Mr. Francis sped all the way from Katunayake to Colombo, via the towns of Ja-Ela and Wattala. He knew that there was not much to be seen in a mere three hours but since that was the most I had (for I did not want to miss dinner), speeding through the narrow, almost organic trunk roads leading to Colombo seemed to be the only option.
"This is Hilton and the World Trade Centre", he said proudly. Into the central business district of Colombo, I can't help but feel the resemblance of this city to New Delhi, or even our very own Kuala Lumpur. From the colonial architecture to the humidity, it was as if I've never left home. But of course, we definitely have more traffic lights and a much better transport system. It grew darker as we approached the coast. Passing through a handful of expensive hotels including the Taj, Holiday Inn and the regal Galle Face, which Mr. Francis termed as "for the Caucasians", we've reached Galle Face Green, an expansive piece of land, not unlike the Dataran Merdeka or the Padang in Singapore. This was the place for hawker food and kite flying, among others but is now apparently closed to the public due to the threatening terrorist activities in the past. With the Taj overlooking the Green, our conversation also included the recent terror attack in Mumbai and agreed that closing the Green may not be such a bad idea afterall. Mr. Francis joked about sneaking me in since tourists are sometimes allowed to enter but the thunderous sound of waves was calling me from the other side.
We hoped to catch the view of the Indian Ocean during sunset. The traffic was unforgiving and before we could find a parking space, the sun was already down. It was rather a consolation that we've actually found a parking space in this hugely congested tourist spot, across the road, near Holiday Inn, thanks to Mr. Francis' friend. In fact, at every corner, we bumped into at least one of his friends and for some strange reason, they were surprised to learn that this guy was from Malaysia and not Japan.
Enjoying the breeze, our conversation was kept minimal. The crowd was overwhelming (or should I say overflowing) but lighting was scarce. Shoulder-to-shoulder in the dark, it may not be the ideal way of appreciating the greatness of the Indian Ocean but it did open up my perspective to the diversity of this city. From veiled Muslim women to the typical fashionable Sinhalese youth, and coupled with the explanation from the guide, it was a brief demographic lesson I truly enjoyed.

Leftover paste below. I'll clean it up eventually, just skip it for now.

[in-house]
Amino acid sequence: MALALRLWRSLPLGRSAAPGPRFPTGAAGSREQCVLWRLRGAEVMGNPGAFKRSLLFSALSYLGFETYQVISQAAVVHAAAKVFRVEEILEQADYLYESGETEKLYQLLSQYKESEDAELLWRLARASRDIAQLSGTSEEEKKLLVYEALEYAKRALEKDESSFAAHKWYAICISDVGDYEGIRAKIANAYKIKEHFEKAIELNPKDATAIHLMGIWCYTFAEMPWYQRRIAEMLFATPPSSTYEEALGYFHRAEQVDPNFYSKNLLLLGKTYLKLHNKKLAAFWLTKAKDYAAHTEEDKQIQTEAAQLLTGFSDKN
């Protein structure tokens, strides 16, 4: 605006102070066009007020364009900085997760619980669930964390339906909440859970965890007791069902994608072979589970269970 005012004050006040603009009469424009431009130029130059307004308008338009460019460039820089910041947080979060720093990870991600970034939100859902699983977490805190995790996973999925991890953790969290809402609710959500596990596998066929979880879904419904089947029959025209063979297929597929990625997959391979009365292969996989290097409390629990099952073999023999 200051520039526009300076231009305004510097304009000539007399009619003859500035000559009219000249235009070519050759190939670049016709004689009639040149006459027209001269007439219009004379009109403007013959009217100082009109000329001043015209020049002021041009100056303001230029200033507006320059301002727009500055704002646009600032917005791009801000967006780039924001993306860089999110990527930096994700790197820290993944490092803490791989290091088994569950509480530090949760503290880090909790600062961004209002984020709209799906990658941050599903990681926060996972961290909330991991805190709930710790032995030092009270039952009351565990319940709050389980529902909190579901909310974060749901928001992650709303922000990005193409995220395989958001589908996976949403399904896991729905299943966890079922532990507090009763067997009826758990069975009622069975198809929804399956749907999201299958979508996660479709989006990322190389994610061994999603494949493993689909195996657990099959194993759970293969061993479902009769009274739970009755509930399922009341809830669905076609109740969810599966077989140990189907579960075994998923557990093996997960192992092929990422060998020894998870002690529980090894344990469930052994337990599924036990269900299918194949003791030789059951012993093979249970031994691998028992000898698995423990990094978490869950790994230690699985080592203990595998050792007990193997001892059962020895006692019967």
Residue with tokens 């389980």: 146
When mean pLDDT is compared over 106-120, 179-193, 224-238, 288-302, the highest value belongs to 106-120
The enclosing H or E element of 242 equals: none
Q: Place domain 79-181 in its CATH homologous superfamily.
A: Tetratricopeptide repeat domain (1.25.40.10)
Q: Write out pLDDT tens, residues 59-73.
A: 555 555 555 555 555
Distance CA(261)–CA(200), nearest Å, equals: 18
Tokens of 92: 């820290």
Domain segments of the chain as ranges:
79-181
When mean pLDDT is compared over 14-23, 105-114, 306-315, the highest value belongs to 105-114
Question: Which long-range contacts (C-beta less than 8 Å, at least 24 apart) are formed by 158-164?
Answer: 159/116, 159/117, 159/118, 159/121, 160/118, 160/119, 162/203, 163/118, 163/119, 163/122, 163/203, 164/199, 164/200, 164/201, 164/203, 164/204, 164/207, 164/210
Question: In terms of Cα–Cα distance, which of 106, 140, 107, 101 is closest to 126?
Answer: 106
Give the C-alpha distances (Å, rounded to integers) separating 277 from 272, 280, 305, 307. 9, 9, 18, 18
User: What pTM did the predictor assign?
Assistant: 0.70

Passing through the Fort and the harbour, we've come to the Gangaramaya Temple, which stood for almost 300 years. It's a Buddhist temple that is on every visitor's list.
Somewhat oriental, thanks to the welcoming Heavenly Guards protecting the gates of the temple, it was again, not unlike the Buddhist temples in South East Asia. What distinguishes Sri Lankan temples from the others is the white dome which is usually gilded (like in Thailand and Cambodia, for example). Into the main temple, the sculptures were absolutely fascinating. If the previous visit to the Sistine Chapel had me raving about the artistic ways of the Roman Catholics and appreciating the beauty of Christianity, the Gangaramaya has given me a glimpse of nirwana and the teachings of Buddha, simply through the endless, beautiful statues and paintings.
When Mr. Francis asked if I had enough of the temple, I wished I could say no as there was just so much to see and learn but looking at my watch, I knew it was time to leave as the journey back to the hotel takes about 45 minutes. I certainly didn't want to miss my flight.
On our way back, Mr. Francis showed me areas of the Malay (which I thought he had mistaken for Muslim earlier) and mosques. Here, Islam is very much practiced and I wished I had taken a picture of the majestic Pettah Mosque which was very much similar to St. Basil's Cathedral in Moscow, in terms of architecture. We talked more about religions and how Sri Lankans are able to accept and respect the beliefs of others. True enough, the statues of Jesus Christ were placed along the same road as Lord Buddha's. And Mr. Francis, whom had a cross hanging in his car, touched the feet of the monk in Gangaramaya. Sometimes, all it takes is a little respect and we'll have less problems in this world. Shouldn't we be tackling global warming instead?
There were checkpoints along the way. Mr. Francis said that this was a good way to prevent rebels from havocking the city. Inspections were thorough, especially if there were local occupants in the vehicles. In his own words, "soldiers are good. yes, very good". I must say serious-looking, camouflaged men carrying rifles can be very intimidating to say the least. But the helpless me can only hope for the best for myself, and Sri Lanka.
My biggest regret was not having a true Sri Lankan meal when I was there. The dinner was provided by the airline and leant towards the western side, perhaps to suit the tastebuds of international travellers. Still, fried aubergine with dhal sauce and spiced rice with roasted chicken, among others, made up a delicious and sumptuous meal that I liked, especially after an action-packed three hours around Colombo.
Minutes before leaving the Gangaramaya, Mr. Francis asked if I would like to have a talisman from the temple as a form of protection or just a souvenir to keep. I'm not quite sure why I hesitated but when the monk spoke to me and said that it will help me on my journey, I felt (in a state of lost in transition) the connection with the talisman and in a very interesting way, hoped that it will grant me a safe journey ahead, whether to my next destination or just in life.
Yes, hope. Whether in form of a talisman or not, is a great booster that drives us to where we want to be.
For now, I hope for peace in the beautiful Sri Lanka and a good year ahead for everyone.
Oh, and I certainly hope to visit Kandy next time.